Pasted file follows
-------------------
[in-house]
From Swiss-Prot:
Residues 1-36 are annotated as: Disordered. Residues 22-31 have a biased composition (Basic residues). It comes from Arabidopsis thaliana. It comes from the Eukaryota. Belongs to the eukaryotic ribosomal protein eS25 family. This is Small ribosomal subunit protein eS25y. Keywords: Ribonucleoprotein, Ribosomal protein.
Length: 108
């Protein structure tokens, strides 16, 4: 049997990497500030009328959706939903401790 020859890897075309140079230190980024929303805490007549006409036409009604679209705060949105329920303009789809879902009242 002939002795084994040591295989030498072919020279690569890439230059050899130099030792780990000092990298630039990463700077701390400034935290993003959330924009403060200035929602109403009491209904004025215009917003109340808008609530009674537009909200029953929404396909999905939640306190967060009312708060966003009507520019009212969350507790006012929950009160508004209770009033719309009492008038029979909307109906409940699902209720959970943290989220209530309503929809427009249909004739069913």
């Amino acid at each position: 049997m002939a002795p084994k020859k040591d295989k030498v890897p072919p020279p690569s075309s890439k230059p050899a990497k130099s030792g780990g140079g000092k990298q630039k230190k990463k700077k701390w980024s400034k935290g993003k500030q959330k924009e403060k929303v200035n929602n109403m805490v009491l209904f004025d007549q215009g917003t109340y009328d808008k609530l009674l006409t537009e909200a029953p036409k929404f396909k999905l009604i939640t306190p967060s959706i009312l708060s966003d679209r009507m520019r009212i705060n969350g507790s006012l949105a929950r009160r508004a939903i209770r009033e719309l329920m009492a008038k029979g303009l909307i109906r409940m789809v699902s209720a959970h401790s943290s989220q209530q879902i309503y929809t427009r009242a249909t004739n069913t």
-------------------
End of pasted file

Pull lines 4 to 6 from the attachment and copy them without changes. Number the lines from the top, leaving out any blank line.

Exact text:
Length: 108
């Protein structure tokens, strides 16, 4: 049997990497500030009328959706939903401790 020859890897075309140079230190980024929303805490007549006409036409009604679209705060949105329920303009789809879902009242 002939002795084994040591295989030498072919020279690569890439230059050899130099030792780990000092990298630039990463700077701390400034935290993003959330924009403060200035929602109403009491209904004025215009917003109340808008609530009674537009909200029953929404396909999905939640306190967060009312708060966003009507520019009212969350507790006012929950009160508004209770009033719309009492008038029979909307109906409940699902209720959970943290989220209530309503929809427009249909004739069913």
């Amino acid at each position: 049997m002939a002795p084994k020859k040591d295989k030498v890897p072919p020279p690569s075309s890439k230059p050899a990497k130099s030792g780990g140079g000092k990298q630039k230190k990463k700077k701390w980024s400034k935290g993003k500030q959330k924009e403060k929303v200035n929602n109403m805490v009491l209904f004025d007549q215009g917003t109340y009328d808008k609530l009674l006409t537009e909200a029953p036409k929404f396909k999905l009604i939640t306190p967060s959706i009312l708060s966003d679209r009507m520019r009212i705060n969350g507790s006012l949105a929950r009160r508004a939903i209770r009033e719309l329920m009492a008038k029979g303009l909307i109906r409940m789809v699902s209720a959970h401790s943290s989220q209530q879902i309503y929809t427009r009242a249909t004739n069913t």